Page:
Advice From the Pros

One of the good things about being a public amateur, negotiating my way through American history, is that I've been fortunate enough to attract the attention of people who do this for a living. The result is that I constantly get e-mails, and comments after posts, suggesting other lines of inquiry or clarifying my own. I am not always as gracious as I would like to be. 


With respect to my friends in academia, this blog is a constant dissertation defense, after which there will be no degrees conferred. Sometimes, I chafe under the microscope and snap.  But I hope that all of you who write in know that ultimately, after taking a moment, I appreciate the criticism. I love poets and historians--mostly because I aspired to be both and became neither. But there is still time yet.

At any rate, I wanted to share a note I got from a historian who'd like to remain anonymous offering some edits on the guidelines I offered the other day. I think they might help us as we proceed:

I wanted to make a comment from my seat as a historian on this:

4.) Primary documents are useful, but like all sources, limited. They are helpful and useful, but not God's word.

The way "professional" history is practiced, this is the nub of the question, not really a "settled" issue at all. Indeed, there's a way in which the practice of history is precisely that -- figuring out how to use primary sources to make conclusions. In that way, the [believability]  of your explanation about how and why you use a particular source is also the credibility of your argument.

To use your specific example, the slave narratives, professional historians would immediately tag them as "oral history" documents and then note, among other things:

1) All oral histories are "memory" -- retrospective accounts, in contrast with documents like wills or memos that were produced when events were actually taking place. Over time, people forget and revise, as when many Holocaust survivors began to retell their stories to match up with the narrative of Schindler's List. It is not dishonesty -- it just makes oral histories a particular type of document, which we need to note has been produced AFTER the event.

In the case of the slave narratives, we would also want to do the math -- many of the subjects who were still around to be interviewed in the 20th century were very young when they were slaves. How "accurate" are your memories of childhood? How "accurate" will they be when you are 80? What assumptions do kids make that adults don't, and vice versa?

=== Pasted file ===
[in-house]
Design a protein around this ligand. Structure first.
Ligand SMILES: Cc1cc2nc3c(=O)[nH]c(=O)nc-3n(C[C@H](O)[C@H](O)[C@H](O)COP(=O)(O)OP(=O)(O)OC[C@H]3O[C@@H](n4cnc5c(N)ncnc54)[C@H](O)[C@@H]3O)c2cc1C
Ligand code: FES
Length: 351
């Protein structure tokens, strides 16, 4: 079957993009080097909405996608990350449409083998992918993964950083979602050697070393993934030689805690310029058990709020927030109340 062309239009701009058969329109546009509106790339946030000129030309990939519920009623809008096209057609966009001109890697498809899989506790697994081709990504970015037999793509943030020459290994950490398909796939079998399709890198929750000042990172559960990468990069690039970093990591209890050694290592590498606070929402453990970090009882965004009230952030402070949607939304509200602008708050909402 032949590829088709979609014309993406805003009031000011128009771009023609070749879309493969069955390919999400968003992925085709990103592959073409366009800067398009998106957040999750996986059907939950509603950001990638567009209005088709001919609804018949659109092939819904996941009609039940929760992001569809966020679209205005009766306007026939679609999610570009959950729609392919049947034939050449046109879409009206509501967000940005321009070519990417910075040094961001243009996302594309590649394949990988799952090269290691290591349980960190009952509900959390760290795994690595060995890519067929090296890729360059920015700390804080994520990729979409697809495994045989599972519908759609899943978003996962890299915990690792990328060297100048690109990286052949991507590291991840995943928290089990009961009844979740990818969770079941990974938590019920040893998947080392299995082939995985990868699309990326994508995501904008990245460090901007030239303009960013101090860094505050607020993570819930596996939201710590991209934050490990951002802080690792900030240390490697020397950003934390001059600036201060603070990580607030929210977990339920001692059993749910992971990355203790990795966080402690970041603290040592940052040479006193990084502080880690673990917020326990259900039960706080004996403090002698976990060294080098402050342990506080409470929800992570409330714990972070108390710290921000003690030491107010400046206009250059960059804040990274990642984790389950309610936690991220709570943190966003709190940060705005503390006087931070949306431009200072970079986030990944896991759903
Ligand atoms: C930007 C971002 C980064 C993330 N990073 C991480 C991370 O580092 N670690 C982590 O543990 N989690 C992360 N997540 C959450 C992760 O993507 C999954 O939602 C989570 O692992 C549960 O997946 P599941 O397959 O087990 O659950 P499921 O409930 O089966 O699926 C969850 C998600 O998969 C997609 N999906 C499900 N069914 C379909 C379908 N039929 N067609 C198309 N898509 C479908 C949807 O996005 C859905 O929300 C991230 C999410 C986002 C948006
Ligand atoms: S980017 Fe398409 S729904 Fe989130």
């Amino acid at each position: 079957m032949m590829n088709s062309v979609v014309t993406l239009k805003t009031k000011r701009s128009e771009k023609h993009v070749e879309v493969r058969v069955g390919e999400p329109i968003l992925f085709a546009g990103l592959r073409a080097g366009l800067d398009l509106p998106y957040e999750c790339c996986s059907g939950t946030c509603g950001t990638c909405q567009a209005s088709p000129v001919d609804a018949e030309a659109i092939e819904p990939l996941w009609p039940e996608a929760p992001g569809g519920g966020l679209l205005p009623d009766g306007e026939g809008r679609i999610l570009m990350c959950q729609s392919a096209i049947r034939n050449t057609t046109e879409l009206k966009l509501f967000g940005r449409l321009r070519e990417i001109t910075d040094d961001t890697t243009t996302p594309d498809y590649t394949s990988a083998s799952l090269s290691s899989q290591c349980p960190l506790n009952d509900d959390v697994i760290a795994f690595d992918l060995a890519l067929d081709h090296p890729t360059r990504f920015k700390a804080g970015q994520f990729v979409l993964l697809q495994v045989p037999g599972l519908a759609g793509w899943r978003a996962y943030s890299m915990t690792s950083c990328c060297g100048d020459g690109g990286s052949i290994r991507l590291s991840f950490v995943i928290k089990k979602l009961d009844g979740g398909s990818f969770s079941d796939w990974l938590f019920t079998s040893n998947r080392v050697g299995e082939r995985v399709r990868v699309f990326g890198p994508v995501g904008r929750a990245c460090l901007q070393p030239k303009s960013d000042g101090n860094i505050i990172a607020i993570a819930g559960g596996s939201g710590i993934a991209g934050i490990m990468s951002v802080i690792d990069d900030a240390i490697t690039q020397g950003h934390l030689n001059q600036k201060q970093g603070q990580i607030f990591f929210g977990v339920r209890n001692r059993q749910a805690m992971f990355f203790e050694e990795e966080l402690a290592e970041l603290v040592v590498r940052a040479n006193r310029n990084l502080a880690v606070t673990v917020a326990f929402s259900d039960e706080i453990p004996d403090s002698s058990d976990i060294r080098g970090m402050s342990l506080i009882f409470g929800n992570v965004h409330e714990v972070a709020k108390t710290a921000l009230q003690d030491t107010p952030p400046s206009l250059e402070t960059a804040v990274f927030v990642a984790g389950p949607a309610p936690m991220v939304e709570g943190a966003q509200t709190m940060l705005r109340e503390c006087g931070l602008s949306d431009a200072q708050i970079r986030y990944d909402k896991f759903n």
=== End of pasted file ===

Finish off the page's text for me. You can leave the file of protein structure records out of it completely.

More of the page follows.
2) All oral histories are "co-produced" -- by the interviewer and interviewee. As your commenter notes, this means that we have to account for differences in background and power between interviewer and interviewee. At a recent conference, I talked to an oral historian who is employed by a big investment firm to record the stories of the CEO, founder, and other employees. When we hear the oral histories he produces, won't we want to note that he was paid by his interviewee?

This is particularly fraught for black-white interviews. In the 1930s and 1940s, when opinion polling was first used, polling firms like Gallup spent a lot of time figuring out how best to get "honest" answers from black interview subjects. Some early pollsters found that it helped to send black interviewers to talk to black subjects; and, during World War II, government pollsters found that it helped to tell the black interviewees that the government was running the poll. (In the Roosevelt years, black Americans placed a lot of trust in the government, certainly trusting it more than many other institutions).


When we use the WPA narratives as history, then, we might want to start by doing a few things:

- Flag them for our readers as WPA narratives, and attempt to explain how they were collected and recorded;

- Put them in a historical context. What was the income of that older black woman, or a woman like her, at the time that interview was taken? What do we know about the sort of people who were taking the oral histories?

- And try to find contemporary documents that corroborate or disprove the stories they tell. That is, take them as ONE type of document that combines with many others to form a narrative, or make an argument.

The point is not to recap your commenter, but to say that historians approach ALL objects, interviews, accounts, documents, stories...as imperfect and incomplete -- *but then also use them*. As imperfect as they are, this evidence is all we have if we want to reconstruct the past. There is no "god's word" out there -- it's all full of holes and biases and problems. Being a historian means exposing the problems, and then dealing with them in as open a way as you can. There is no secondary source without a primary source; there is no history without the process of "situating" and "contextualizing" -- that is, taking a source figuring out what it can tell us.

In other words, when we say "Primary documents are useful, but like all sources, limited. They are helpful and useful, but not God's word," we mean more than that -- we mean that *history* is a constant and open process of figuring out how documents are useful and limited. This "conclusion"/"assumption" is always changing.

I'm sure you know all this (especially as an autobiographer!), but I thought it might help to hear it from someone who deals with it every day.

As these conversations will continue on this  blog

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Ta-Nehisi Coates is a national correspondent at The Atlantic, where he writes about culture, politics, and social issues. He is the author of the memoir The Beautiful Struggle.

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